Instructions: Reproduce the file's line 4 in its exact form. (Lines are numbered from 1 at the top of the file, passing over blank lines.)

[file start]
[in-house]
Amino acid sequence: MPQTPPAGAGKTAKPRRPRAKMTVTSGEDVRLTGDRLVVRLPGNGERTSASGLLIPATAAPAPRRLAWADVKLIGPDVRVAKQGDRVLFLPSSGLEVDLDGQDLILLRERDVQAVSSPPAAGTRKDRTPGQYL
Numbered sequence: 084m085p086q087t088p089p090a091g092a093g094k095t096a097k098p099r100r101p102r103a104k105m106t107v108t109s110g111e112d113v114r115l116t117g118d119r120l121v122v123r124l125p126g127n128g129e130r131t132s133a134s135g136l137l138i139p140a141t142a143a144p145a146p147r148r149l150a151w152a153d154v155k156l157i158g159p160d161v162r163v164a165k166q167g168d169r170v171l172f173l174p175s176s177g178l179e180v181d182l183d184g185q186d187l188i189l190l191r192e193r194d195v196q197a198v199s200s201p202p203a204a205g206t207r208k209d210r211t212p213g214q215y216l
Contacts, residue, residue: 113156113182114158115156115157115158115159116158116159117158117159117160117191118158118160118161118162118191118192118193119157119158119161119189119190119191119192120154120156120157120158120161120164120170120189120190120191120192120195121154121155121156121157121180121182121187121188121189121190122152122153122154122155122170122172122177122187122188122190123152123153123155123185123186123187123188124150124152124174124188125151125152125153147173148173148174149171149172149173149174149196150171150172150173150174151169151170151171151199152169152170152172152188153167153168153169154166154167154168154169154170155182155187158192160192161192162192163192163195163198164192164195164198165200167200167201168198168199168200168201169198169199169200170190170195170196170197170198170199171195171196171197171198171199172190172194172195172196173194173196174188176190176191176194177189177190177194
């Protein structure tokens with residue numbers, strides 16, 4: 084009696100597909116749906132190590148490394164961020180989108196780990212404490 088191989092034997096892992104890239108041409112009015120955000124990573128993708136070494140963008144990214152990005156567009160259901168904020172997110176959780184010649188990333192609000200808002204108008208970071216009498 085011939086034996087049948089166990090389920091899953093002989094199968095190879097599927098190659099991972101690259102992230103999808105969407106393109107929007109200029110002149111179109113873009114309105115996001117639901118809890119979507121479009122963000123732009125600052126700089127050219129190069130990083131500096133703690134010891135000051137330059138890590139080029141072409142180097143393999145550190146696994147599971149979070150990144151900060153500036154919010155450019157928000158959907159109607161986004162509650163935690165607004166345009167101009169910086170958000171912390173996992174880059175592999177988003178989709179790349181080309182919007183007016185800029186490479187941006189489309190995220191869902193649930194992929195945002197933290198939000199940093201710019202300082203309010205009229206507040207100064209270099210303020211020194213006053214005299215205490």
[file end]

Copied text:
Contacts, residue, residue: 113156113182114158115156115157115158115159116158116159117158117159117160117191118158118160118161118162118191118192118193119157119158119161119189119190119191119192120154120156120157120158120161120164120170120189120190120191120192120195121154121155121156121157121180121182121187121188121189121190122152122153122154122155122170122172122177122187122188122190123152123153123155123185123186123187123188124150124152124174124188125151125152125153147173148173148174149171149172149173149174149196150171150172150173150174151169151170151171151199152169152170152172152188153167153168153169154166154167154168154169154170155182155187158192160192161192162192163192163195163198164192164195164198165200167200167201168198168199168200168201169198169199169200170190170195170196170197170198170199171195171196171197171198171199172190172194172195172196173194173196174188176190176191176194177189177190177194